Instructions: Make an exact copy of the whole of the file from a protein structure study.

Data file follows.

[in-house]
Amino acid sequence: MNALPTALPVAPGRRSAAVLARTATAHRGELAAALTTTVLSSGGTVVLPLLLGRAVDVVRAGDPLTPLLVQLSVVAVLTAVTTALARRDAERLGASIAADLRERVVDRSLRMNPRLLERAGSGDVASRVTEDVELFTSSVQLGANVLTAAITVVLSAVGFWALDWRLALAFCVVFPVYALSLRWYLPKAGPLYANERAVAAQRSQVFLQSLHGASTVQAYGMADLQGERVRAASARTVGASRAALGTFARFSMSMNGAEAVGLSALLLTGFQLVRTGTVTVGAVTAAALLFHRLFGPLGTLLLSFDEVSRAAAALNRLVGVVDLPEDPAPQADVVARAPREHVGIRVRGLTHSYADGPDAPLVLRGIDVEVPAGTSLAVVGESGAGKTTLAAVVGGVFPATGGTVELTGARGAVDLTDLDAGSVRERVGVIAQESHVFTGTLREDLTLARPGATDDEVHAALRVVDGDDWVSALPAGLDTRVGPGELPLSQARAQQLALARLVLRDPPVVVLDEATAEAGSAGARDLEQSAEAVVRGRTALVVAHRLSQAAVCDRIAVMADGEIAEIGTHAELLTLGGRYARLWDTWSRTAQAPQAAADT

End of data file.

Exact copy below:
[in-house]
Amino acid sequence: MNALPTALPVAPGRRSAAVLARTATAHRGELAAALTTTVLSSGGTVVLPLLLGRAVDVVRAGDPLTPLLVQLSVVAVLTAVTTALARRDAERLGASIAADLRERVVDRSLRMNPRLLERAGSGDVASRVTEDVELFTSSVQLGANVLTAAITVVLSAVGFWALDWRLALAFCVVFPVYALSLRWYLPKAGPLYANERAVAAQRSQVFLQSLHGASTVQAYGMADLQGERVRAASARTVGASRAALGTFARFSMSMNGAEAVGLSALLLTGFQLVRTGTVTVGAVTAAALLFHRLFGPLGTLLLSFDEVSRAAAALNRLVGVVDLPEDPAPQADVVARAPREHVGIRVRGLTHSYADGPDAPLVLRGIDVEVPAGTSLAVVGESGAGKTTLAAVVGGVFPATGGTVELTGARGAVDLTDLDAGSVRERVGVIAQESHVFTGTLREDLTLARPGATDDEVHAALRVVDGDDWVSALPAGLDTRVGPGELPLSQARAQQLALARLVLRDPPVVVLDEATAEAGSAGARDLEQSAEAVVRGRTALVVAHRLSQAAVCDRIAVMADGEIAEIGTHAELLTLGGRYARLWDTWSRTAQAPQAAADT